First of all, donor funding to Congo needs to hold the line and not be diverted elsewhere. With each crisis, the DRC faces a paradox: the donor and business community has decreasing confidence in the DRC as an investment prospect; that, in turn, threatens commitments even to funding lifesaving humanitarian assistance and essential services—and putting hard-won gains on these fronts at risk of reversal. The U.N. appeal for DRC steadily decreased over the past five years or more—with 2016’s ask a total of $690 million just over halfway funded as we reach year’s end. While U.N. appeals are usually halfway funded on average, headline-grabbing crises in Syria, Iraq and South Sudan compete for funding against DRC’s complex and protracted crises. Growing donor fatigue and the government’s subtle relegation of humanitarian response international agencies and NGOs exacerbates the situation.

Second, it is the quality and focus of this engagement that is key. Political and social transitions are long-term—and equally extensive international engagement and the will and determination of Congolese elites to contribute to meaningful change is essential for the future of the DRC. Donors and Congolese elites need to think long and hard about how year-on-year funding encourages or hinders necessary structural reforms, and how it strengthens the essential services and institutions that will serve the population over the long term. They also need to seriously consider how the Congolese people who have suffered for long could benefit from income the country’s natural resources generate. Difficult questions need to be asked: Does development assistance at the national level unlock decentralization? Is it designed to complement government investment in basic social services? And most importantly, does it rest on assumptions, or available evidence and clear outcomes, about what actually works?

At the IRC, we have made an explicit commitment to better aid: assistance that is focused around clearly delineated outcomes, with a clear story of how and why we think the intervention will work to achieve these outcomes, based on the best available evidence. We have launched a powerful reference tool to this end called the Outcomes and Evidence Framework, available as an interactive online platform for all aid actors to use. Both donors and agencies need to unite around evidence about what works and conduct more research where there is a lack of evidence, to evaluate rather than replicate past programming and improve current practices.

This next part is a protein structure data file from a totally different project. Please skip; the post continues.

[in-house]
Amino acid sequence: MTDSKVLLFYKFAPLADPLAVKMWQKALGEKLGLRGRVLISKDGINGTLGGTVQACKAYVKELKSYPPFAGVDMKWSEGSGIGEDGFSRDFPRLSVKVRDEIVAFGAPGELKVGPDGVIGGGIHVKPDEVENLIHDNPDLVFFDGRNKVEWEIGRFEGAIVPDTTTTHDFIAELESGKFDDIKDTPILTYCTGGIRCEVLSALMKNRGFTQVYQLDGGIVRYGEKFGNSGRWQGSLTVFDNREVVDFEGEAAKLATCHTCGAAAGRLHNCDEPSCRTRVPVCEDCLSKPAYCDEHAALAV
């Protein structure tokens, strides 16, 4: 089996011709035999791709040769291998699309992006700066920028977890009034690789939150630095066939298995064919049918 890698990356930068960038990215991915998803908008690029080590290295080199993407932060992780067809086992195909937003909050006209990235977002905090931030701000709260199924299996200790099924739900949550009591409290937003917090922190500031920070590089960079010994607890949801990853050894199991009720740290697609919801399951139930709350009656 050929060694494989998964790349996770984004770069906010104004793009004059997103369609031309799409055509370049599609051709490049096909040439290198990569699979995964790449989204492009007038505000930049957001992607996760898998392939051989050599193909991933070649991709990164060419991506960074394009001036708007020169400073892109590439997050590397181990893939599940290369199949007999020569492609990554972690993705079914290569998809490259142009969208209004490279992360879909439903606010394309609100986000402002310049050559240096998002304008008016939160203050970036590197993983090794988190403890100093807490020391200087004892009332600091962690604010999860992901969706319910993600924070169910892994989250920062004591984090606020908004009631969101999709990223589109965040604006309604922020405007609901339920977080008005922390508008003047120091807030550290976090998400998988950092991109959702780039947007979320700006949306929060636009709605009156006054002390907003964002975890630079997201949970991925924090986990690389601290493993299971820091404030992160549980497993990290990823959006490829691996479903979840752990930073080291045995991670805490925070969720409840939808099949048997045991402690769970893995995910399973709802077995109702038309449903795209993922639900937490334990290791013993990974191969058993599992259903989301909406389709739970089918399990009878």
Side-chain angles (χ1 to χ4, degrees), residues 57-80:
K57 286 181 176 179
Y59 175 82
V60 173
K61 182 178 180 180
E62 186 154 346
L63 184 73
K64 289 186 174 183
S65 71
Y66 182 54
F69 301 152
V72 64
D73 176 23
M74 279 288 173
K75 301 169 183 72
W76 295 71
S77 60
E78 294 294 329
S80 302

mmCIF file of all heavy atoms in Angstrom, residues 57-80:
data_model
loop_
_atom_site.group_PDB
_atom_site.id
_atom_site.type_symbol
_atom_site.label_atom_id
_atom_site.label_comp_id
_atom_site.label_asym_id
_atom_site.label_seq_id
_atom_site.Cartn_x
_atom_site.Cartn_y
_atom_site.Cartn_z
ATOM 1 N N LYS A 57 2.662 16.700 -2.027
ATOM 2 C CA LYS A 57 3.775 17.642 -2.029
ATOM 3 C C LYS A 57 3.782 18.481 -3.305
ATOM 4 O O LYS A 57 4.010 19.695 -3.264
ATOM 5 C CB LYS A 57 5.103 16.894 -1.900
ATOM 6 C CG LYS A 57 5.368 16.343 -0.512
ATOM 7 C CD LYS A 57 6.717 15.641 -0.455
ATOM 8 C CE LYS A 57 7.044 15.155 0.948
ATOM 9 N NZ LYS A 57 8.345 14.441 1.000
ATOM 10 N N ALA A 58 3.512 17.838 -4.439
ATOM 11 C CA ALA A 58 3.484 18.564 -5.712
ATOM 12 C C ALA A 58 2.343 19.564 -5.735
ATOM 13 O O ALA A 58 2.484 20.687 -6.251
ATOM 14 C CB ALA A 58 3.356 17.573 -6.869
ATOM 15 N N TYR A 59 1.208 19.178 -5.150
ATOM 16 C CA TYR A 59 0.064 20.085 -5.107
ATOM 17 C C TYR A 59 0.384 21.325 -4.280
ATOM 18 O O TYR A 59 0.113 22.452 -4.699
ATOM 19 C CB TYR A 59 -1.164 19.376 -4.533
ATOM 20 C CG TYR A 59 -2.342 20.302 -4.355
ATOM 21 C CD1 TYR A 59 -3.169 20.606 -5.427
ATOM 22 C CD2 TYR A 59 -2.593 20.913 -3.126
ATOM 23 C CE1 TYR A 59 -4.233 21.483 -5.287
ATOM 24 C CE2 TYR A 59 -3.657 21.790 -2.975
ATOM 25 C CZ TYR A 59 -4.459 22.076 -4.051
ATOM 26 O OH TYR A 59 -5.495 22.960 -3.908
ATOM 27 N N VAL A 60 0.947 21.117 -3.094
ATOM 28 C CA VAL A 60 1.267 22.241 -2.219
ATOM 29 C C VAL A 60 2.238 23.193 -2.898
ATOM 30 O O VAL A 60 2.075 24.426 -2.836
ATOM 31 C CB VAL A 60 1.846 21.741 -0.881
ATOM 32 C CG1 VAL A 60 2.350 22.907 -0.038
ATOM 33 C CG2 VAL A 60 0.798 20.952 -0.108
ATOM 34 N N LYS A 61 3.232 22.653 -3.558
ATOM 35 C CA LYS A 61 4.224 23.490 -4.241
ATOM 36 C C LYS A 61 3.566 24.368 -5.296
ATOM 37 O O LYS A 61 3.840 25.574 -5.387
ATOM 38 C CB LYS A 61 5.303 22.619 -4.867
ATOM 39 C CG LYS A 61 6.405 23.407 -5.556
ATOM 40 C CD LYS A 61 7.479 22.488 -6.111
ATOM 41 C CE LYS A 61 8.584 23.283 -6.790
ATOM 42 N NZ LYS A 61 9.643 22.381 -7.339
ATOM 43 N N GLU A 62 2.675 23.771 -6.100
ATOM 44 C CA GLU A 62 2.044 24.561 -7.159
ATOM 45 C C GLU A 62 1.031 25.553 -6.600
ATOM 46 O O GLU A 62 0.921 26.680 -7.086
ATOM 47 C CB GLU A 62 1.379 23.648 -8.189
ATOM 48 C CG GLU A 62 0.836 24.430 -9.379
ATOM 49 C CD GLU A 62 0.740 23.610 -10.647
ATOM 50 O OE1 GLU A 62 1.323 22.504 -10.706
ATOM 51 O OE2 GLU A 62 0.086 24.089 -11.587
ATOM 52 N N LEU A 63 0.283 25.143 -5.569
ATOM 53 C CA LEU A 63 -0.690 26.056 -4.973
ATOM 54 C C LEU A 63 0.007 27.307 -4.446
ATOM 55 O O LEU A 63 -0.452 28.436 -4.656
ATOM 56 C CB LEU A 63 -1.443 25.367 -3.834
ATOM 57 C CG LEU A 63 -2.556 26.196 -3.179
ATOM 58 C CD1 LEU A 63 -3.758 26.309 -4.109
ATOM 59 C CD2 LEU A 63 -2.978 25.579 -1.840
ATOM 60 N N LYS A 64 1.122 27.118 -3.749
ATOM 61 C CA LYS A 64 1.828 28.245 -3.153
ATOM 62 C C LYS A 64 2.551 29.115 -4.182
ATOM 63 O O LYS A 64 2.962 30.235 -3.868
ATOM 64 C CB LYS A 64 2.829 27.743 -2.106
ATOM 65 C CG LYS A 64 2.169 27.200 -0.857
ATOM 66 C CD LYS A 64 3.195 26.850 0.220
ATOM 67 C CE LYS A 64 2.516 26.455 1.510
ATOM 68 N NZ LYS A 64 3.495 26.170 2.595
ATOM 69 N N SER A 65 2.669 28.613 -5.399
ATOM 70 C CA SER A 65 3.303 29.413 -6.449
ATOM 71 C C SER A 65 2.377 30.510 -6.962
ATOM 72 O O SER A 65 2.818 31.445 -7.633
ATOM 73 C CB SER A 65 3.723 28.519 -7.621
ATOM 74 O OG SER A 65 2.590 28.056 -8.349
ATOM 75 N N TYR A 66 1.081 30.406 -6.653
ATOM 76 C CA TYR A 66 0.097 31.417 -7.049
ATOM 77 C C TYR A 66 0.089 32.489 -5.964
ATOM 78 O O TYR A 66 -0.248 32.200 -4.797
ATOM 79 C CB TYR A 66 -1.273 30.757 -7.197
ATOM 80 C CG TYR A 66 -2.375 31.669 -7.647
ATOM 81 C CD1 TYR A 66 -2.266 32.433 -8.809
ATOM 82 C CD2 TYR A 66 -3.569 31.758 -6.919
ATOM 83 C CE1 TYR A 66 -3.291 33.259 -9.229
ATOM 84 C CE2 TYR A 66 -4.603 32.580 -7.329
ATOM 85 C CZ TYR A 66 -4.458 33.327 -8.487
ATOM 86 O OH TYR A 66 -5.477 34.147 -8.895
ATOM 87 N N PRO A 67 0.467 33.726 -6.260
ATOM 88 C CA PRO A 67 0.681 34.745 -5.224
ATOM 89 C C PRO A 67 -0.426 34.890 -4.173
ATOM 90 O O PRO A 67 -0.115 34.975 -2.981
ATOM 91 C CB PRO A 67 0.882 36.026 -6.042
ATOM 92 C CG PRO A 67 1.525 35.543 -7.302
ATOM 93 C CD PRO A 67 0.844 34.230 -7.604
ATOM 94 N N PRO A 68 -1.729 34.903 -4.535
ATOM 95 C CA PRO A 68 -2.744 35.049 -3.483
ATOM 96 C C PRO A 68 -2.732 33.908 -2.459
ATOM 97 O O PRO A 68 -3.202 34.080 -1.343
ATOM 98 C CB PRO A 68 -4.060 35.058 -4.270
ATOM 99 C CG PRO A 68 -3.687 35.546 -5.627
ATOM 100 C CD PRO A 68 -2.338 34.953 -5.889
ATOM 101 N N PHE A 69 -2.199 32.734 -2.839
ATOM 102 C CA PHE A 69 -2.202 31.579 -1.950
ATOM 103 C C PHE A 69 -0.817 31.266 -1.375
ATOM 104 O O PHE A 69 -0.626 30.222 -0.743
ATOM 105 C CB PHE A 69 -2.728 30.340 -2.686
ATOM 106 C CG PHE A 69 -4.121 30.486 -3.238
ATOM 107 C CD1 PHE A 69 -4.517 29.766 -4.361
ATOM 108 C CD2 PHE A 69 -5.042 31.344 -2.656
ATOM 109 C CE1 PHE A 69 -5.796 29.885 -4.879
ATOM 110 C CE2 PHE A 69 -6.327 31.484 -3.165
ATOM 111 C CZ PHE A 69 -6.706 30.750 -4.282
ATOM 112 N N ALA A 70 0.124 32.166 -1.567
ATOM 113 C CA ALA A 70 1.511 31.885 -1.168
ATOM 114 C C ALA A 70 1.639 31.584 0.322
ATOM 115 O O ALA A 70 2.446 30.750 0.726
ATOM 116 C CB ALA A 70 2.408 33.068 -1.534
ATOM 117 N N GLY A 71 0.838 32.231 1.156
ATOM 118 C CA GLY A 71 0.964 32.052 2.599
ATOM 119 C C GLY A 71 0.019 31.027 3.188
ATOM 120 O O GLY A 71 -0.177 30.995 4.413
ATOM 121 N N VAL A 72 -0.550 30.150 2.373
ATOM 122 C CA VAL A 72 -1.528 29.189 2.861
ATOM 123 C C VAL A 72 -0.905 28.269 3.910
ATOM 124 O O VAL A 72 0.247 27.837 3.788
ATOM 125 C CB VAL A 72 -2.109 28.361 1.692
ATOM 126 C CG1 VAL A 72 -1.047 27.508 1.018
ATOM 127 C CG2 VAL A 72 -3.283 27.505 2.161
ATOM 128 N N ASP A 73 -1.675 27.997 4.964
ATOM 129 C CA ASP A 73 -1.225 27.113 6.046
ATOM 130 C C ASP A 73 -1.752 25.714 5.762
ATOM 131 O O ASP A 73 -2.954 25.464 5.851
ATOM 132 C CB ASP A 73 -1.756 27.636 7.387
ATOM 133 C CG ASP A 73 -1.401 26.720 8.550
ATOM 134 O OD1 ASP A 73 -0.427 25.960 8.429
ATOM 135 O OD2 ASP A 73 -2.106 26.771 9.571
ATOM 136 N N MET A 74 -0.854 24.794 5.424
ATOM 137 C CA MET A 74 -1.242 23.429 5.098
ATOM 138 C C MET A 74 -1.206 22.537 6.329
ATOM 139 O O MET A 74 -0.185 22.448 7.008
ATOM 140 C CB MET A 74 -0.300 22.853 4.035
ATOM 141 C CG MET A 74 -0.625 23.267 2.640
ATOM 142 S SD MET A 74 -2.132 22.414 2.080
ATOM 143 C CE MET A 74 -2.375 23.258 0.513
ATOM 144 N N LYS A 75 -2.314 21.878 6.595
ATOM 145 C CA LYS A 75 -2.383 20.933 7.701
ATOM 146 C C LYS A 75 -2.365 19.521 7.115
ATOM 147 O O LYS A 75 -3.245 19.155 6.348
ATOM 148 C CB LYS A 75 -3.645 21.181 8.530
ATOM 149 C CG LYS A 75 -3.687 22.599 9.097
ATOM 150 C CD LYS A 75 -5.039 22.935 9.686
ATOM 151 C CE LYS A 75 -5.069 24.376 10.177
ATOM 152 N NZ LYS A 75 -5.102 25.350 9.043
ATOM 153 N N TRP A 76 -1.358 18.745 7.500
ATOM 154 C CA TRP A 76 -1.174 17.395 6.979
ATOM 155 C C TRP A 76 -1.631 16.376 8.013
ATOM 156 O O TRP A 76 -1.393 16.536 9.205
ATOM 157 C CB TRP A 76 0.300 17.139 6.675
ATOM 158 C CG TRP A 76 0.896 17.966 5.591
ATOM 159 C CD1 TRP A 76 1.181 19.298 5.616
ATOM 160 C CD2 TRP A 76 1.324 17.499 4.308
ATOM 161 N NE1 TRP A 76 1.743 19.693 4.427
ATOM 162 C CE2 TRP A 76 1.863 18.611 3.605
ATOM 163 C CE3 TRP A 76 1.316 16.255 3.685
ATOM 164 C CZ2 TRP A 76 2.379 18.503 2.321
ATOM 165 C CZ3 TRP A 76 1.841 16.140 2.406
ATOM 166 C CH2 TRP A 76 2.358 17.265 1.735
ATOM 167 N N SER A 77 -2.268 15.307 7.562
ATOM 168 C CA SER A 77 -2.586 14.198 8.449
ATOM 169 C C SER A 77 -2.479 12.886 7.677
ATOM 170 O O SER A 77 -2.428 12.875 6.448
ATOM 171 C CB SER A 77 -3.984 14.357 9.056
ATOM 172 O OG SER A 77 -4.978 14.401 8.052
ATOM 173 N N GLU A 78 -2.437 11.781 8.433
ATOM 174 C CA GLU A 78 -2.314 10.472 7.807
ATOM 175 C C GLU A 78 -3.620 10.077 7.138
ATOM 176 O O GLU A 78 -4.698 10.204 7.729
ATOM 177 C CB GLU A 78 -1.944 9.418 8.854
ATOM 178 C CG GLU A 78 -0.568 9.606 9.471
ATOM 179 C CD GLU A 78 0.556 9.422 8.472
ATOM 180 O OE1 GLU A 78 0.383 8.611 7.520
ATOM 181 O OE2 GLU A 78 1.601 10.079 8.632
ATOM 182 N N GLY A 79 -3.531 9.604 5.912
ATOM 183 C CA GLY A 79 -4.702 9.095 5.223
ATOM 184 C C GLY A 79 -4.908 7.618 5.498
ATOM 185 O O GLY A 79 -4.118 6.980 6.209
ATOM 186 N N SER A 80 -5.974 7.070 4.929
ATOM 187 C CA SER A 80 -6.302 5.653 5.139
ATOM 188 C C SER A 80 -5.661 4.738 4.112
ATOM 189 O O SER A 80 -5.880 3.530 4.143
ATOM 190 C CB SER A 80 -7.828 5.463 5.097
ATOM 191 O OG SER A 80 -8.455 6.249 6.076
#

Third, we must actively engage in the quality assurance that comes with speaking to aid recipients themselves. The same poll by the Congo Research Group found that a third of its respondents thought the DRC would fare better without international NGOs—a figure that should provide us with a sobering pause for thought. These statistics are even higher in the most unstable areas, such as the Kivus. This highlights that the average Congolese citizen has not seen an improvement in their quality of life and are still living continuous cycles of conflict and instability, despite decades of aid. A regular and systematic surveying of one’s customers is second-nature in the business world and should be for the international community in the Congo and elsewhere. Moreover, if the international community is committed to helping foster an accountable and responsive Congolese state, it should also start by modeling this behavior itself.

We at the IRC are committed to doing our part in delivering on these aspirations, but it will take a transformative effort on the part of the wider aid and development community to see this to fruition. We view these efforts as foundational for bringing real and lasting improvements in the lives of the people of the Democratic Republic of the Congo. Now is not the time to step back from the challenge.